Part 1:
How Do We Want to Express Ourselves?

Part 2:
How Do We Want to Express Ourselves?

Part 3:
How Do We Want to Express Ourselves?


Aesthetic Realism seminar:
How Do We Want to Express Ourselves?
with a discussion about Horace Greeley, part 3
By Michael Palmer

True Expression Needs to Be Complete

While Horace Greeley’s expression took the form of justice to people widely in America, his purpose, unfortunately, was not the same as husband and father.  I think he saw his marriage too much as a resting place for consolation, and this made for great pain.  When he met his wife Mary, she was a school teacher.  In Horace Greeley, Voice of the People,  W.H. Hale writes:       
Like Greeley, [Mary] carried with her into that outside world a burning earnestness and moral rigor; education was her passion.
This, I’m sure, was a large reason Greeley cared for her.  But, from what I read of his marriage, it seems he limited the effect his wife could have on him.  It seems he did not want to know her very deeply nor be a kind critic of her.  And, as time went on, like many men, he saw her role as primarily taking care of the home and family while he was away.   

        In Aesthetic Realism and Expression, Mr. Siegel writes:

 Expression begins with our thoughts to ourselves.  That is where we decide on who we are….We have to express ourselves through thought—not “meditation” or “revery,” but thought.
As a person who preferred brooding about myself and saw others existing primarily to serve me, I’m so fortunate to be continuing my education in professional classes taught by Ellen Reiss, the Aesthetic Realism Chairman of Education.  I’m grateful to be learning from her to be more truly thoughtful about the woman I love, my wife, Lynette Abel.  In one class, Ms. Reiss asked me:
Do you think a person is a chance to know yourself, {and} know the world?...Something in you feels you shouldn’t think about people at all—they shouldn’t raise difficult questions.  Miss Abel raises difficult questions because she’s a person.  You should see her as a beginning point to being deeper about people as such.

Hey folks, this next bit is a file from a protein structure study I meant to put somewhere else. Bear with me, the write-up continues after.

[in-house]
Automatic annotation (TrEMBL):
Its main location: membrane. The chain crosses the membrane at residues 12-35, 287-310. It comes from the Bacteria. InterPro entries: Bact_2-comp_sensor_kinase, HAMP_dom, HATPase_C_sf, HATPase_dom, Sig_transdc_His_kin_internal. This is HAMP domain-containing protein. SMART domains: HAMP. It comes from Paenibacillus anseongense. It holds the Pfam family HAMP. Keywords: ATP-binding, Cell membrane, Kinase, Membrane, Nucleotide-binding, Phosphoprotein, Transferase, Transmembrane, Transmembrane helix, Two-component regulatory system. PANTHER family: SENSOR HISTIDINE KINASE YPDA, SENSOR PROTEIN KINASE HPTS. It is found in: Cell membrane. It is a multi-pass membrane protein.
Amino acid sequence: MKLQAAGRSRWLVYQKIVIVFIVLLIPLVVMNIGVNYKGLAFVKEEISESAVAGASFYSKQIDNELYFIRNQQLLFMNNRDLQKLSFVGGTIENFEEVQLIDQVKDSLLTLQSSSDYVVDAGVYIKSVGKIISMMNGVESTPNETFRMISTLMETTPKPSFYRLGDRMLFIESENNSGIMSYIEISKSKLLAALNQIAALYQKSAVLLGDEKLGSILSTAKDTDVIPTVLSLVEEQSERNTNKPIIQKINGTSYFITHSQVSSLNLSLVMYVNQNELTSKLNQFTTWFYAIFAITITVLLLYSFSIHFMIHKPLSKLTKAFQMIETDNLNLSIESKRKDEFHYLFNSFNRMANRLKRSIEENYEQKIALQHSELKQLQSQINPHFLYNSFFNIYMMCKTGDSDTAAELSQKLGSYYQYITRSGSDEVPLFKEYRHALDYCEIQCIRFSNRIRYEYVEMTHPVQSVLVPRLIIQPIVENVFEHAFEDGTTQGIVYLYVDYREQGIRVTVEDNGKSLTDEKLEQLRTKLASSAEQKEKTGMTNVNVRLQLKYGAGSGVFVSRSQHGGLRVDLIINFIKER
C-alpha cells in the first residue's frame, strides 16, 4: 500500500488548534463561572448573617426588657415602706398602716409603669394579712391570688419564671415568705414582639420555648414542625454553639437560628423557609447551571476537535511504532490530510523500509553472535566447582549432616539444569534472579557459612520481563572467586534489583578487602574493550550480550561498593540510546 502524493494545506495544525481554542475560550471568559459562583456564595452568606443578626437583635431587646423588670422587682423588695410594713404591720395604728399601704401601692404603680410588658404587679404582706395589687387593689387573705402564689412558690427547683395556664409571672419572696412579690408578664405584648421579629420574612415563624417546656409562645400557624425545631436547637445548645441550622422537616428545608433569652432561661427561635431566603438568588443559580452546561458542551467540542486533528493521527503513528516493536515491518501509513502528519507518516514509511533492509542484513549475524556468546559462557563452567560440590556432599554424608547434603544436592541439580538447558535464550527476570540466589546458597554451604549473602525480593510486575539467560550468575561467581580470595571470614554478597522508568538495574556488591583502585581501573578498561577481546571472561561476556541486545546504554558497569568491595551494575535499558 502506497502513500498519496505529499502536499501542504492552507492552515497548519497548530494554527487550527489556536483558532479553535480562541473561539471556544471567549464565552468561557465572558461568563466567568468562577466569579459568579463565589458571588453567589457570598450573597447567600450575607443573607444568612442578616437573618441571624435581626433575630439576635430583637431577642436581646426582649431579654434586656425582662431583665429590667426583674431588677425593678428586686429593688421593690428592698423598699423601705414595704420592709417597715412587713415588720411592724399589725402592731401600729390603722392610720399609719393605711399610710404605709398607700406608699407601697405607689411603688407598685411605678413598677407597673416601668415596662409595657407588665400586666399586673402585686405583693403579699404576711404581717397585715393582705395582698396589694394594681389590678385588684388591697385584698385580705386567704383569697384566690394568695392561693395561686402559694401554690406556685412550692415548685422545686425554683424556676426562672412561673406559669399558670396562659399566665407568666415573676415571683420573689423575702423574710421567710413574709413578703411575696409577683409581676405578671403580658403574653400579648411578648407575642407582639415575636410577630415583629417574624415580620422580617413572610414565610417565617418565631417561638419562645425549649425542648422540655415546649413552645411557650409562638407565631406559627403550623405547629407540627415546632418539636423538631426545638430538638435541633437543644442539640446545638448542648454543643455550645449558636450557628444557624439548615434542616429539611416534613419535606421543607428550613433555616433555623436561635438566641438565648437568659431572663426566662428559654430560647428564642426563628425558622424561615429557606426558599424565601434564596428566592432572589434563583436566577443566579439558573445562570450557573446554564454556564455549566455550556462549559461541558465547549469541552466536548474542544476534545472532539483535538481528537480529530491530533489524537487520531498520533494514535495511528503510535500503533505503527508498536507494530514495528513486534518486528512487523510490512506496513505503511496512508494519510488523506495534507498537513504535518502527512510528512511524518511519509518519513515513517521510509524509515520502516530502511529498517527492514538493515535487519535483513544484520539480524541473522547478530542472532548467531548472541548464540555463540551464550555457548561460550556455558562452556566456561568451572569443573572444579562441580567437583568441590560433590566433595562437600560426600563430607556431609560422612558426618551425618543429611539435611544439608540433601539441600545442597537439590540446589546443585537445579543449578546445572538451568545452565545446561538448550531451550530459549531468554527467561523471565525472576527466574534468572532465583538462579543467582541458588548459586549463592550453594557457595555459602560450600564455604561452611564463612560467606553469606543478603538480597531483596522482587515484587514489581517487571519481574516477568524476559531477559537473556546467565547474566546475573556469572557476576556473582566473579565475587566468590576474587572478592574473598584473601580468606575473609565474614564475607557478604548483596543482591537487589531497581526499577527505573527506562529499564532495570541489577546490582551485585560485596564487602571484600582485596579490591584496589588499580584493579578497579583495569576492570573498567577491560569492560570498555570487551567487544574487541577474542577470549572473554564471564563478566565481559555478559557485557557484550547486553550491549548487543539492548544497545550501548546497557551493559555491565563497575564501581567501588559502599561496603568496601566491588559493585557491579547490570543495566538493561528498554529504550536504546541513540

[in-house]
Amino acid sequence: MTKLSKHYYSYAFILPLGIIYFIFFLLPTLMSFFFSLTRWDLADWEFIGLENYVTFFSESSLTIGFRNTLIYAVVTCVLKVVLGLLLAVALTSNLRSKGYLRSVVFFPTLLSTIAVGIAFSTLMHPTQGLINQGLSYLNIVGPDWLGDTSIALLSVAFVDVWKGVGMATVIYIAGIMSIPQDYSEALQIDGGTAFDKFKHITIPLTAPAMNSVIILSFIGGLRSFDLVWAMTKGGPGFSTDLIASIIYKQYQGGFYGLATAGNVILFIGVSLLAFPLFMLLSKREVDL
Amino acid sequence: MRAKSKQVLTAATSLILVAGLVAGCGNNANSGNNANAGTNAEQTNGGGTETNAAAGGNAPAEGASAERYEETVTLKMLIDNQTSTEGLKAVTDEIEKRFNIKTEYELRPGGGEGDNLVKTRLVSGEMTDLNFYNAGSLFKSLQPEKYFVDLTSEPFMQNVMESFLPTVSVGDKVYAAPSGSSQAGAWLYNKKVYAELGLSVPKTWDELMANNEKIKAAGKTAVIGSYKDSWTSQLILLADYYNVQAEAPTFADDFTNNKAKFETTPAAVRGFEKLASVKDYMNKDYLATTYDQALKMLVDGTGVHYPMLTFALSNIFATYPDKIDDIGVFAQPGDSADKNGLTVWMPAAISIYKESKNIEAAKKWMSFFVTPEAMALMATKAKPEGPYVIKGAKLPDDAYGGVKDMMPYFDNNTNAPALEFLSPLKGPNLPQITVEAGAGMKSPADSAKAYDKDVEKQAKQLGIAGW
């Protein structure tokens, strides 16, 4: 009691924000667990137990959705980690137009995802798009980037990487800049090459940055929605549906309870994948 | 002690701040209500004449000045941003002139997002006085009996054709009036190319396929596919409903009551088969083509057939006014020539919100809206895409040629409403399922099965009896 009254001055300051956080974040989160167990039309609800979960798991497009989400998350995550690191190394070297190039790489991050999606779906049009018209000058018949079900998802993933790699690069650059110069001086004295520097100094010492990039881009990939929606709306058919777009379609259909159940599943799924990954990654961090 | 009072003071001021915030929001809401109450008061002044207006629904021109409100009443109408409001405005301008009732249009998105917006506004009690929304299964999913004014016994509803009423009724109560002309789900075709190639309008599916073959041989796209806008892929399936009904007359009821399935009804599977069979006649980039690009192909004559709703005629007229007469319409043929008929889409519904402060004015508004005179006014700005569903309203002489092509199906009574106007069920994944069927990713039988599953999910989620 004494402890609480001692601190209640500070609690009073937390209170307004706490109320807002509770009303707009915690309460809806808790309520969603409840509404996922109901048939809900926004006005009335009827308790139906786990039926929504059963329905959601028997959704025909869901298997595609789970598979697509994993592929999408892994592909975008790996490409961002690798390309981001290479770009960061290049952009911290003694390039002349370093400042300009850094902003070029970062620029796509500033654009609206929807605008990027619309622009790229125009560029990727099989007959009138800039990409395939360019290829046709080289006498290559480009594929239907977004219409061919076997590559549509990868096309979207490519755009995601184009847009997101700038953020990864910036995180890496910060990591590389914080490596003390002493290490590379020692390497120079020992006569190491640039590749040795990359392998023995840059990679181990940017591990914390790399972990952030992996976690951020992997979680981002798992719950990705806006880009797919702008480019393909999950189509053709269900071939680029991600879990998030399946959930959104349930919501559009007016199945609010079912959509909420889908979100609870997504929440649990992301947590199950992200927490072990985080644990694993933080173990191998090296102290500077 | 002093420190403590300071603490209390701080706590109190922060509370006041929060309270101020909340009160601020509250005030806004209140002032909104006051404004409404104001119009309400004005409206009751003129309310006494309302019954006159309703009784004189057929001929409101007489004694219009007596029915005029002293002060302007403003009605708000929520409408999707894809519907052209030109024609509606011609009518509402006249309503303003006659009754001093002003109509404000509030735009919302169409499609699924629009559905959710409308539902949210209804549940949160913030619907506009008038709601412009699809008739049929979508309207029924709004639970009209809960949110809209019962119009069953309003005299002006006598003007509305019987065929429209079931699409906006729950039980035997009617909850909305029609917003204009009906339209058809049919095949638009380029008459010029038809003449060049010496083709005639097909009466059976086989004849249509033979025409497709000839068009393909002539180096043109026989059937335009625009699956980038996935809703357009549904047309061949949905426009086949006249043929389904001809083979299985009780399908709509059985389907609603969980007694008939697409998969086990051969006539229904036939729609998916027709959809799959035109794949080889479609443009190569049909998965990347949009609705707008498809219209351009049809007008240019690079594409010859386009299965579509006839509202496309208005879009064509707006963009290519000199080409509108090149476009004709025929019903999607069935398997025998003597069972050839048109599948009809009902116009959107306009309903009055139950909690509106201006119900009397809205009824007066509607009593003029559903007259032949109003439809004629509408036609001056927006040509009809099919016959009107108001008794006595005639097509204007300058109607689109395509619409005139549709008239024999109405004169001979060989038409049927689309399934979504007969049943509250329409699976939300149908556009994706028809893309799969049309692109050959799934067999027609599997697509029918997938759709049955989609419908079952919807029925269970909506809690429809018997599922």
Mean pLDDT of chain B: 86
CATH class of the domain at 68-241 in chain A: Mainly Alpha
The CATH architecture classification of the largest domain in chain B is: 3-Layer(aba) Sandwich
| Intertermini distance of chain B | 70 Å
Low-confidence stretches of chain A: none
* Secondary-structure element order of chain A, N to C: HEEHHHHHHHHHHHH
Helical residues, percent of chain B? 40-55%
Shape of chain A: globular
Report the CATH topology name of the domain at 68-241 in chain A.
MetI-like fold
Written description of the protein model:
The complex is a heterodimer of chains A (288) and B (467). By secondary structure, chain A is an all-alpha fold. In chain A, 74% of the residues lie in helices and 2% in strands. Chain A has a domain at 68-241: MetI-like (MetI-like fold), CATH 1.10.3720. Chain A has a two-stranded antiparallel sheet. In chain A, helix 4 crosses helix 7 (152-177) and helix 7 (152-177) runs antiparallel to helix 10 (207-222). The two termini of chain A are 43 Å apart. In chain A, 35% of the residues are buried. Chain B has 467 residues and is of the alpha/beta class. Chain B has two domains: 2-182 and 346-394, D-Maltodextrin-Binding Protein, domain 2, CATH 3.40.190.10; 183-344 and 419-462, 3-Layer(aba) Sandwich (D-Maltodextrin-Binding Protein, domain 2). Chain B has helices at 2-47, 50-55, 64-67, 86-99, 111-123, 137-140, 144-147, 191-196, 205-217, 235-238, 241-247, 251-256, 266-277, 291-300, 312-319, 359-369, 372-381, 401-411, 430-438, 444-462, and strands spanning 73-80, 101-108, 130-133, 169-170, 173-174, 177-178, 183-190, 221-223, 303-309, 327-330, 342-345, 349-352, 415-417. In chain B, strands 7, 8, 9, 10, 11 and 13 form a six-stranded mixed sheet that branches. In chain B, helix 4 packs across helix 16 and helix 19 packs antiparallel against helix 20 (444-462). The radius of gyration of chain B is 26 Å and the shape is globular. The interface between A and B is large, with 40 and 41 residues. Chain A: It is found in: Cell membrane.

I’m so happy to be in the midst of this beautiful study.  And I’m glad for the lively and deep conversations Lynette and I had about Horace Greeley as I was writing this paper, which made for greater feeling about him, the history he was part of, and about people as such.

For Justice in the Mind of Abraham Lincoln

In Aesthetic Realism and Expression, Eli Siegel said, “When expression is good it is useful to yourself and everybody else.”  Horace Greeley’s greatest expression and usefulness to people came at a time this nation was in its deepest crisis—in the fight against slavery.  The South, with its industry based on making money from the work of slaves, was determined, in its ferocity, to maintain it.   As Eli Siegel stated in The Right of Aesthetic Realism to Be Known #916, “The great cause of the Civil War—despite Southern fakery on the subject—was slavery.” Greeley used his editorial voice in The Tribune  to fight slavery at every turn.  In an editorial in 1854 he wrote:

The one thing the South is after is the extension of slavery. We are not one people. We are two peoples.  We are a people for freedom and a people for slavery.  Between the two the conflict is inevitable.  Freedom has been betrayed and sacrificed!  Who comes to the rescue?
Greeley found that man to be Abraham Lincoln who was to become President six years later. 

        When the Civil War came, Greeley felt that the Union’s purpose should be clear—that this was a war to end slavery.   In his famous editorial of August, 1862, titled “The Prayer of 20 Millions,” Greeley encouraged Lincoln to declare the freedom of the slaves and enlist them in the fight.  Several months later, on January 1, 1863, Lincoln issued the “Emancipation Proclamation,” declaring freedom for all slaves.  Greeley called it the bravest document ever written by a President.  In an editorial, he wrote:

It is the beginning of the end of the rebellion…it is the beginning of the new life of the nation.  God bless Abraham Lincoln!
Justice and Our True Expression are the Same

I think Horace Greeley would have loved Aesthetic Realism.  Through its principles, he would have felt understood to his depths and I think he would have wanted people everywhere to know of it.  I’m glad persons are meeting Aesthetic Realism truly now in the most honest journal ever published--the international periodical  The Right of Aesthetic Realism to  Be Known[TRO] edited by Ellen Reiss.  Because of her passionate desire to understand happenings in the world and her desire that justice come to every person, TRO is educating America.

        The knowledge of Aesthetic Realism can enable people everywhere to be  truly expressed, to come into their heritage.

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  Michael Palmer